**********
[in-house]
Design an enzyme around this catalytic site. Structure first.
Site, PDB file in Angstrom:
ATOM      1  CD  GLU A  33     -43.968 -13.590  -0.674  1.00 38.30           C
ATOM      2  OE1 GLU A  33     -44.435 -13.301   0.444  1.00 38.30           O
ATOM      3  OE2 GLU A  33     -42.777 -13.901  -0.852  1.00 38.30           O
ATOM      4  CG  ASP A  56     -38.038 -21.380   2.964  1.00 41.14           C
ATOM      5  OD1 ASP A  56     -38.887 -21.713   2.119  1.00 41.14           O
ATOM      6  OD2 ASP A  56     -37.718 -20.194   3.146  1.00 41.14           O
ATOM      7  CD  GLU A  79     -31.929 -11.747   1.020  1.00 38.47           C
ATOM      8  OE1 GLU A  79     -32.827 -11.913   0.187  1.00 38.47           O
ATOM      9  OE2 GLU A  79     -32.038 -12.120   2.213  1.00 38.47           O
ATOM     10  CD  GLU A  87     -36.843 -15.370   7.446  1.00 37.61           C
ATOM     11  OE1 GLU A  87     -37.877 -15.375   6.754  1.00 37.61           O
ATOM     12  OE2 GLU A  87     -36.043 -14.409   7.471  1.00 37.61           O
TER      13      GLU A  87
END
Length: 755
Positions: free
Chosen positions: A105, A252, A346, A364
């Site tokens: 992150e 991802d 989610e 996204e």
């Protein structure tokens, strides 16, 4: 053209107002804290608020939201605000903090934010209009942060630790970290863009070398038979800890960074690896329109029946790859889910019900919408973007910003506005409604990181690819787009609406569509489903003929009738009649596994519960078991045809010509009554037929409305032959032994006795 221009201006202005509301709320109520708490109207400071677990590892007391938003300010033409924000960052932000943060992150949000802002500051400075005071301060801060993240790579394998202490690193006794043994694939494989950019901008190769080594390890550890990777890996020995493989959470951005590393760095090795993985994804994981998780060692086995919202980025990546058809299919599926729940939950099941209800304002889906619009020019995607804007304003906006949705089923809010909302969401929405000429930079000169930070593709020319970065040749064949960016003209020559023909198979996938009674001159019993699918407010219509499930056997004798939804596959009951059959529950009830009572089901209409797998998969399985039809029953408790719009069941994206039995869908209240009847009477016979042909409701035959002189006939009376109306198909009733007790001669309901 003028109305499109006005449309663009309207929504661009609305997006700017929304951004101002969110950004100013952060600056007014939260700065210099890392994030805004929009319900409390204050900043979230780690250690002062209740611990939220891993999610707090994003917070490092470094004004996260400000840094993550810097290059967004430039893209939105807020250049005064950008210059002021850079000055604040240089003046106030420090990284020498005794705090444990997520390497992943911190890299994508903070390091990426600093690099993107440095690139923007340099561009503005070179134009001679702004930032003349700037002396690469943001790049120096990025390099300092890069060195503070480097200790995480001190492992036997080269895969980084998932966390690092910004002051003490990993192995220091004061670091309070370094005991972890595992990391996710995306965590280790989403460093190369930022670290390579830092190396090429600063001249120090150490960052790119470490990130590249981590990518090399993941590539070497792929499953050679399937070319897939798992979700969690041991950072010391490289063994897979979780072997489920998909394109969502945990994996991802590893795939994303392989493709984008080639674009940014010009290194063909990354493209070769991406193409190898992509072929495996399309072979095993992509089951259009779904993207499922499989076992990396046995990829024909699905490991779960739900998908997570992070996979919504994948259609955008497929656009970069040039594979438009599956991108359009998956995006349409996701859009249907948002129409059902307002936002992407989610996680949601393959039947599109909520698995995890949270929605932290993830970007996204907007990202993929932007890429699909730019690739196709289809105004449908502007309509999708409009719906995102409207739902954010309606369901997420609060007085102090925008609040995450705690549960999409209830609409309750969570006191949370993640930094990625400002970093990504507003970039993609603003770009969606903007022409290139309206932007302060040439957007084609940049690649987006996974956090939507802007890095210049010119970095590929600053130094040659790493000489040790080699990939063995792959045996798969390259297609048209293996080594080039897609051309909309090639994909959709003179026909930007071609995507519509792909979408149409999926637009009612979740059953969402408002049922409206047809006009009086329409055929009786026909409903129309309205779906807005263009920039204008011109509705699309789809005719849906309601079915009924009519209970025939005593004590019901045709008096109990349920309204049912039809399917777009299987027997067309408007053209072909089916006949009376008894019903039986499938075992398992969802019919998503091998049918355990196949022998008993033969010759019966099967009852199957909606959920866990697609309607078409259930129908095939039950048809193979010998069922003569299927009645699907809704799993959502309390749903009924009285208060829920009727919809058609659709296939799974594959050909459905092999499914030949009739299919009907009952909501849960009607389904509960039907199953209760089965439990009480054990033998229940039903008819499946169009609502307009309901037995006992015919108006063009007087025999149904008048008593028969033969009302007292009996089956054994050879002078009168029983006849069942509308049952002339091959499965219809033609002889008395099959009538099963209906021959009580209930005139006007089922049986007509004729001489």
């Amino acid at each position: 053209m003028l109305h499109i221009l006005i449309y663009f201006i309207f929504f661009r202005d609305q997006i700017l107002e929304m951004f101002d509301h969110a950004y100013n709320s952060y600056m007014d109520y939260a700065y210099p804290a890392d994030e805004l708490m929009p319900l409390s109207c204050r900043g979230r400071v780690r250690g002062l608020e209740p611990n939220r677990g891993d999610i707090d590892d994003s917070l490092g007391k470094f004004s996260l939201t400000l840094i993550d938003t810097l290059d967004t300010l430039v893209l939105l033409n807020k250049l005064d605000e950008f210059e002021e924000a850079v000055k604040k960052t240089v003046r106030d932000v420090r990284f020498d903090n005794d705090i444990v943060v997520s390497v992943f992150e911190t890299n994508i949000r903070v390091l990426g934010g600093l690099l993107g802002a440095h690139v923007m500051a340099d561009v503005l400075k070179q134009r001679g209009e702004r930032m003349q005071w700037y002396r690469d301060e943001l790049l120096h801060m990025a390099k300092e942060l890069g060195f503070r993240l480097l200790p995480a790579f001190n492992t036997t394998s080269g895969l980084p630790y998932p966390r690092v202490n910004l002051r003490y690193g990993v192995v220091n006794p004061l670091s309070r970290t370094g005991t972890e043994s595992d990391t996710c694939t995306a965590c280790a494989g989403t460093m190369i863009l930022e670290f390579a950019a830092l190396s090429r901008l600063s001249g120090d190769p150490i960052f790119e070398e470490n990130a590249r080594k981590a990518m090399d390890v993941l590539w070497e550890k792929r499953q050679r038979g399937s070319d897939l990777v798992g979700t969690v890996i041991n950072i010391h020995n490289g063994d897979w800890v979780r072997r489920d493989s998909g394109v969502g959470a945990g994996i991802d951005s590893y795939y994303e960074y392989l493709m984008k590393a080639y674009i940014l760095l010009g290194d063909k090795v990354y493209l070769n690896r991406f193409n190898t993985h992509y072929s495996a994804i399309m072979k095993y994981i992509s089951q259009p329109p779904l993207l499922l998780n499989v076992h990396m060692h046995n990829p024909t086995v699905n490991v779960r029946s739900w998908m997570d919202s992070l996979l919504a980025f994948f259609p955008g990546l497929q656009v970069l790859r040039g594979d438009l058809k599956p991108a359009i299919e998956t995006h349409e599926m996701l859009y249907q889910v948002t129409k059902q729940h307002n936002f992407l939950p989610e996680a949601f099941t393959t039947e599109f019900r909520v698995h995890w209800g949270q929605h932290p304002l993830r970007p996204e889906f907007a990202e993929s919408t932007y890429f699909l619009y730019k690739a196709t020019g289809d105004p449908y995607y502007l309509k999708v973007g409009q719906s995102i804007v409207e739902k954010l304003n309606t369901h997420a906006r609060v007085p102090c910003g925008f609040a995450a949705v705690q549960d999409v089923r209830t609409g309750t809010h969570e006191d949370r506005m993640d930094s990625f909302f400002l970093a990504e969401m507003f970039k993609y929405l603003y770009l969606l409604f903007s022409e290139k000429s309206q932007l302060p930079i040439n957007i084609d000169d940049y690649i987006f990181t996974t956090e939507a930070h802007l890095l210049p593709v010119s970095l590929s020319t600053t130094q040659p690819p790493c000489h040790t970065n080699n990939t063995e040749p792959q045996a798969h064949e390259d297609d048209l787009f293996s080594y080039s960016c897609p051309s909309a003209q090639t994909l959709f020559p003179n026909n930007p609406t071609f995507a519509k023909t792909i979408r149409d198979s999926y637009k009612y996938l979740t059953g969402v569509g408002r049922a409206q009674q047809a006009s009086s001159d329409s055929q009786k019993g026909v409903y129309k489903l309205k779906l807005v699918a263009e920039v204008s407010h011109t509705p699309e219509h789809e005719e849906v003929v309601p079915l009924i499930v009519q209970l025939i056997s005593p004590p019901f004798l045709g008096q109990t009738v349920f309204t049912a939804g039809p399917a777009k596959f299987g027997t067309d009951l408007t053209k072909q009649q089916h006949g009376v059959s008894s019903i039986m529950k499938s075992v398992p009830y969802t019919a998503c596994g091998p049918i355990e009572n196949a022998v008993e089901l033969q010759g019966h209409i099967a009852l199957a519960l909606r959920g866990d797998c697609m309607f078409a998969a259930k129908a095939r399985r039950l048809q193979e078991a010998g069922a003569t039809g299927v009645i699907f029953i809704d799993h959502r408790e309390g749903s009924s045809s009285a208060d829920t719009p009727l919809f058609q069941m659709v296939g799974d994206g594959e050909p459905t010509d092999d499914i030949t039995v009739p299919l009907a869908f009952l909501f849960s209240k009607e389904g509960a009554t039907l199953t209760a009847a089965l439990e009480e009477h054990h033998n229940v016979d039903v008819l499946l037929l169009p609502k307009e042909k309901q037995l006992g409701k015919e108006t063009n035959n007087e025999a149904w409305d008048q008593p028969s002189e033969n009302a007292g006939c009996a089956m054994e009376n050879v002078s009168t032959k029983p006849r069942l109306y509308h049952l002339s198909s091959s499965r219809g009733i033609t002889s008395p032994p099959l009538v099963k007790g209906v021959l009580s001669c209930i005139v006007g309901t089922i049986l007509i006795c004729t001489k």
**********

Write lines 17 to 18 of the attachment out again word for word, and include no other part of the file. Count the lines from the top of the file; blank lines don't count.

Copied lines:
END
Length: 755